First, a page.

On Thursday, February 13, from 12pm to 1pm at The Graduate Center (Room 3317), FI Fellow Siqi Tu will be joined by FI Co-director Katina Rogers, FI Fellow Cihan Tekay and PublicsLab fellow Robert Yates to explore the intersection of scholarly work and public engagement. The discussion will be followed by a workshop, from 1pm to 2pm, where attendees will develop their academic work into op-ed articles. RSVP is free and lunch will be provided.
At this two-part event co-led by the Futures Initiative and the PublicsLab, we will discuss the following questions: What is the public —or publics? What does being a scholar in public mean to you? And more importantly, how can we develop a public voice as early-career scholars?
With the help of panelists experienced in engaging with public audiences, we will brainstorm answers to these questions and come up with concrete and measurable plans to develop a public voice this semester. We strongly encourage attendees to come to the event with ideas on how to engage with the public in connection with their scholarship.
This event is part of the The University Worth Fighting For, a series of workshops that tie student-centered, engaged pedagogical practices to institutional change, race, equality, gender, and social justice.
Katina Rogers is co-director of the Futures Initiative at the Graduate Center, CUNY, where she guides and mentors graduate fellows, develops programming, and exercises administrative oversight over all aspects of the program. She is also Director of Programs and Administration for HASTAC, the online scholarly network, and co-director of a new $3.15 million grant from the Andrew W. Mellon Foundation to support the Humanities Alliance, a partnership between the Graduate Center and four CUNY community colleges.
Dr. Rogers’s scholarly work focuses on many aspects of higher education reform, including scholarly communication practices, professionalization and career development, public scholarship, and advocacy for fair labor policies. Her first book, titled Putting the Humanities PhD to Work: Thriving in and beyond the Classroom, will be published by Duke University Press in July 2020 and is available for pre-order. Rogers holds a PhD in Comparative Literature from the University of Colorado at Boulder.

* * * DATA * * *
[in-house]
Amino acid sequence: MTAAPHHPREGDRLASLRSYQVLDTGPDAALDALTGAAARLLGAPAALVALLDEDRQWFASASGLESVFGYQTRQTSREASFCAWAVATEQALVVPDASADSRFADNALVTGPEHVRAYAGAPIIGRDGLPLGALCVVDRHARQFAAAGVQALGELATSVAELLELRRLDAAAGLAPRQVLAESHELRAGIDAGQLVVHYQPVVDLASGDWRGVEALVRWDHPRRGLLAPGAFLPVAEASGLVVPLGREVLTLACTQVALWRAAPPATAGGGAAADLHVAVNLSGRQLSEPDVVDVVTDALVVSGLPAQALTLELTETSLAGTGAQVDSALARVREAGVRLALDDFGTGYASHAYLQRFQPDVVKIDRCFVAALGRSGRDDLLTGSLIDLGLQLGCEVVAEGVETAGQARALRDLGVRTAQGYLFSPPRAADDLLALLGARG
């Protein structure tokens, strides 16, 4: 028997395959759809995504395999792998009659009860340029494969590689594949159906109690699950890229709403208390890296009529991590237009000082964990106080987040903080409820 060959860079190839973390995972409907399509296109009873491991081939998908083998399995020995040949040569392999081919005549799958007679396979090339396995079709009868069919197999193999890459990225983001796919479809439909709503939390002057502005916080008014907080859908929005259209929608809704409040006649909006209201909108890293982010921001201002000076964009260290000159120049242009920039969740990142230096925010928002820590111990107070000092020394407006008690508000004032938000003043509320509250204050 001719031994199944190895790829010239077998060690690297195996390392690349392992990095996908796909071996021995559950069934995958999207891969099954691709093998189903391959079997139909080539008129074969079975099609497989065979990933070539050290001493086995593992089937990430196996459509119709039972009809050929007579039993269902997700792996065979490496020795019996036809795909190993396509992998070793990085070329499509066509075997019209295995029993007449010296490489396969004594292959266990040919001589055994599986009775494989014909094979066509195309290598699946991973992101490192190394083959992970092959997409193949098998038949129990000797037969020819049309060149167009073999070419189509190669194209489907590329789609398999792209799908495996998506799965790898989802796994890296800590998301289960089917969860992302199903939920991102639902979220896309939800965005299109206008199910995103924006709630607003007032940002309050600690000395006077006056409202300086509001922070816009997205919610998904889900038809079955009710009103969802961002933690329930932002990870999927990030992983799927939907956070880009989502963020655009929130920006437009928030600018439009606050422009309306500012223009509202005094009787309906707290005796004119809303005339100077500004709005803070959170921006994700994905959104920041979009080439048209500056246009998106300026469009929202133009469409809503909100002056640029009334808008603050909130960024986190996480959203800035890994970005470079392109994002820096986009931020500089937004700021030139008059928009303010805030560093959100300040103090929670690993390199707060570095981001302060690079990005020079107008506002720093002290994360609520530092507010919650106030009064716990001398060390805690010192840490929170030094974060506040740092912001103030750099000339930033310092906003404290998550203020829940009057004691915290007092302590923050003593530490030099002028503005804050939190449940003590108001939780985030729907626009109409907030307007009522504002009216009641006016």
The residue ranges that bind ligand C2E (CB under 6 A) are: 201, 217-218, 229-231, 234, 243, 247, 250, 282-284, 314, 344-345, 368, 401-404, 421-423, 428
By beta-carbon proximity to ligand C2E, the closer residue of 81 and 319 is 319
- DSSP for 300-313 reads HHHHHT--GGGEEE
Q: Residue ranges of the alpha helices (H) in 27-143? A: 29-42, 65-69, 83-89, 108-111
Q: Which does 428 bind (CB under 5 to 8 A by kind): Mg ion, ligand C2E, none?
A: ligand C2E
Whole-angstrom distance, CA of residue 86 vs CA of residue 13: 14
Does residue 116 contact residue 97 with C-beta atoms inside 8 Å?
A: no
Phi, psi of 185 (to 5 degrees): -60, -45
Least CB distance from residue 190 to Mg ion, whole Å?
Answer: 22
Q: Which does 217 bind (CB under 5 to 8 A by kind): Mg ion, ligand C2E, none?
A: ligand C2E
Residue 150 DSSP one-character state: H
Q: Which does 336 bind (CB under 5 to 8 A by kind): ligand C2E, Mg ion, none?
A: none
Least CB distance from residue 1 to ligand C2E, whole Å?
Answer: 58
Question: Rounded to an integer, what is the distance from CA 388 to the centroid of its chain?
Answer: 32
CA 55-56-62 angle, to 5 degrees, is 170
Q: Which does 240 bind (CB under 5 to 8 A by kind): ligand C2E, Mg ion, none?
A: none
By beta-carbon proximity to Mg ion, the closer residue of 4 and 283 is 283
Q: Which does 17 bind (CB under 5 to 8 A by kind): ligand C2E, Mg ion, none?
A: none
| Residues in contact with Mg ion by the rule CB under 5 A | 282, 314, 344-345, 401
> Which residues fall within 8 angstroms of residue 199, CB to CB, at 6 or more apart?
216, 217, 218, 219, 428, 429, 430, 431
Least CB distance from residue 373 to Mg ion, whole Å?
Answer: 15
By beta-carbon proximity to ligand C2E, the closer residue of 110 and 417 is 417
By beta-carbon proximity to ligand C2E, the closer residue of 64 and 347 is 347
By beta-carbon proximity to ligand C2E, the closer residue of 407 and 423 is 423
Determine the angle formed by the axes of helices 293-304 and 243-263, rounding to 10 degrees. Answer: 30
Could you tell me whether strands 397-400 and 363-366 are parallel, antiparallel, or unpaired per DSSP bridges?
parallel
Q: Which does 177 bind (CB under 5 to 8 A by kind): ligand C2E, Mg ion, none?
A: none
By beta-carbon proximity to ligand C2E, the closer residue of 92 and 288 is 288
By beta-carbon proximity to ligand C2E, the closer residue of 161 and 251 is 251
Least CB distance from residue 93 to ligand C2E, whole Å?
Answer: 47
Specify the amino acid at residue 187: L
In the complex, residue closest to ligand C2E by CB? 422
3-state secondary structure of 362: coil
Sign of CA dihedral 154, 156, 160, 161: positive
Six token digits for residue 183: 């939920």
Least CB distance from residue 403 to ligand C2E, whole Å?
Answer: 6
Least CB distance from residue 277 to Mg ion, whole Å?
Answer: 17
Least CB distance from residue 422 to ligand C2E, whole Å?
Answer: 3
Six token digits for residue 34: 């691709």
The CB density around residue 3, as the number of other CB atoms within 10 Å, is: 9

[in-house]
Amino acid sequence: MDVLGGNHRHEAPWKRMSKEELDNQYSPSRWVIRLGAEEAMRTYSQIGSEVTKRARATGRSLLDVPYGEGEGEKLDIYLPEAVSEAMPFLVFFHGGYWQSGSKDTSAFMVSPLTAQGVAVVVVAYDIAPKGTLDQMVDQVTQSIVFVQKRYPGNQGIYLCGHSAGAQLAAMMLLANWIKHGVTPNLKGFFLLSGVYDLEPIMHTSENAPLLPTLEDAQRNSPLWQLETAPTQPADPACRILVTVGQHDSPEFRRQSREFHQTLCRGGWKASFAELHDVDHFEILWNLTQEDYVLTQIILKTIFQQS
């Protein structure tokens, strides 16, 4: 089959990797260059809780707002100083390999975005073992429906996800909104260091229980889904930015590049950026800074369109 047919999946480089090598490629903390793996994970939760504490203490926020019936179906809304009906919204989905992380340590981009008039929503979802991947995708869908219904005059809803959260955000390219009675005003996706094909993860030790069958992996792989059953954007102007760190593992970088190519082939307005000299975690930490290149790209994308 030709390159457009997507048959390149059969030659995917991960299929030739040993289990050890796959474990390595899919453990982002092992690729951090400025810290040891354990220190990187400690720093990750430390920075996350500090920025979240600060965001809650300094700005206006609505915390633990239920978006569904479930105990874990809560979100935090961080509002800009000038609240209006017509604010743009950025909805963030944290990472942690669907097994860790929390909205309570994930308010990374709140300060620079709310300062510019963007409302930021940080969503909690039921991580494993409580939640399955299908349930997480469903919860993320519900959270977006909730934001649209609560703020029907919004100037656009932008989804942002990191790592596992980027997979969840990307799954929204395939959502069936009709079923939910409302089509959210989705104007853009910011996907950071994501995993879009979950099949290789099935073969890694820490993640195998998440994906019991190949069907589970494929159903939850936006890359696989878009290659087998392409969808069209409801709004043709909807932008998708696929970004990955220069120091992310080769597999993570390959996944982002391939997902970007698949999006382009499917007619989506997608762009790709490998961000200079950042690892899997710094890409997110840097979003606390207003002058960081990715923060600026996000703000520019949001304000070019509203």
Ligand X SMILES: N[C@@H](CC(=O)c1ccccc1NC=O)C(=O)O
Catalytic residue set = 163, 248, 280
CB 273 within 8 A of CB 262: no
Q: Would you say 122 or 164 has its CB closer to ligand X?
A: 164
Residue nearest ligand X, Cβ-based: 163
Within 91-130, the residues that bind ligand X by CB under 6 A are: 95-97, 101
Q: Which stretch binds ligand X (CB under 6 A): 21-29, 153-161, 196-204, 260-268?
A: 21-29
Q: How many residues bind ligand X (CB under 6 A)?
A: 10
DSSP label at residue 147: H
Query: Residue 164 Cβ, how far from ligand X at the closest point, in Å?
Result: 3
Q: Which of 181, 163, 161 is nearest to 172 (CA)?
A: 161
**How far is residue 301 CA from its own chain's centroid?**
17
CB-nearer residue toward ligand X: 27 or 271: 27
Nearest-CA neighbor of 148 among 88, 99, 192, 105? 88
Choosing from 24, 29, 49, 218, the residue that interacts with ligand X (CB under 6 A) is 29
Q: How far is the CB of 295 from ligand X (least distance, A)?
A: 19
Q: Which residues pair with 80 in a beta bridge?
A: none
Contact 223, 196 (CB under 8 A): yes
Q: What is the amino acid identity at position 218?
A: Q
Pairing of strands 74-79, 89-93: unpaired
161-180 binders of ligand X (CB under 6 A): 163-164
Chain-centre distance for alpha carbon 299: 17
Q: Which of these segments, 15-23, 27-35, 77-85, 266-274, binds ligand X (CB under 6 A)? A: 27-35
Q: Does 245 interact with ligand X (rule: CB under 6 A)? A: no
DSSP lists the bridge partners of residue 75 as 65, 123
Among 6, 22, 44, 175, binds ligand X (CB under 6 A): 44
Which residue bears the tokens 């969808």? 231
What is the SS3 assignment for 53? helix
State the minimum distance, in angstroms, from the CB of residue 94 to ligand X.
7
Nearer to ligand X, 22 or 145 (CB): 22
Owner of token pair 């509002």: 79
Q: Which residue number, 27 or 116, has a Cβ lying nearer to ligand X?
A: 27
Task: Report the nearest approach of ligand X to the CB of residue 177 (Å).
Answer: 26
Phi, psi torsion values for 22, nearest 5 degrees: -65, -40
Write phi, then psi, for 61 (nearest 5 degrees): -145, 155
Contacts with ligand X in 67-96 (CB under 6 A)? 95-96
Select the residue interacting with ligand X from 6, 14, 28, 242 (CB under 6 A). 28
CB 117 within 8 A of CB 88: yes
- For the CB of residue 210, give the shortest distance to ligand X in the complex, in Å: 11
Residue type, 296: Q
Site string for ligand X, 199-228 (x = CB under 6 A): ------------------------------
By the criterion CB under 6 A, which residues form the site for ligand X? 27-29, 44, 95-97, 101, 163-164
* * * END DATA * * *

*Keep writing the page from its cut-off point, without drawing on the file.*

Cihan Tekay is a PhD Candidate in Anthropology at the Graduate Center and a graduate fellow at the Futures Initiative, where she is the Institutional Leadership and Administration Specialist. She is interested in the global emergence of novel forms of citizenship, and how people’s engagement with science, technology, and popular political ideologies shape visions of the future. She is currently writing her dissertation on the political economy of electrification in Turkey during the early 20th century. Cihan is committed to public scholarship, academic freedom, and imagining fair and equitable futures for the university. She has been engaged in various public scholarship projects in Turkish and English for the last decade. Recently, she started recording podcasts for the Status Audio magazine, where she interviews fellow anthropologists working in Turkey. She has been a co-editor of the Turkey section on Jadaliyya.com since 2013.
Siqi Tu is a PhD candidate in Sociology and a Futures Initiative Graduate Fellow at the Graduate Center, City University of New York. Her work focuses on the areas of urban sociology, immigration, education, elites, and contemporary Chinese societies. Tu was born and raised in Shanghai, China and moved to New York City in 2012. She developed her interest in immigration and urban neighborhoods as a keen observer of diverse communities in different metropolitan areas. Her dissertation, “Destination Diploma: How Chinese Upper-Middle Class Families ‘Outsource’ Secondary Education to the United States”, investigates why and how Chinese upper-middle-class families make decisions to send their children to the United States to attend private high schools, some as young as 14 years of age, and it analyzes the actual lived experiences of the students of this “parachute-generation”. She has served as a guest speaker on Sinica Postcast and wrote op-eds for Sixtone and Chinafile.
Robert Yates is a PhD student in the Department of English. Robert’s research focuses on early modern literature and culture, with particular interests in drama, embodiment, and popular festivities. As a public scholar, Robert continues to work with educational institutions to develop curriculum and systems of professional development for teachers of literature and writing. Before arriving at The Graduate Center, Robert worked as a Graduate Associate at Georgetown University’s Center for New Designs in Learning and Scholarship (CNDLS), as well as a curriculum designer of English courses at D.C. Public Schools. Robert holds an M.Phil. in Education from the University of Cambridge and a M.A. in English from Georgetown University.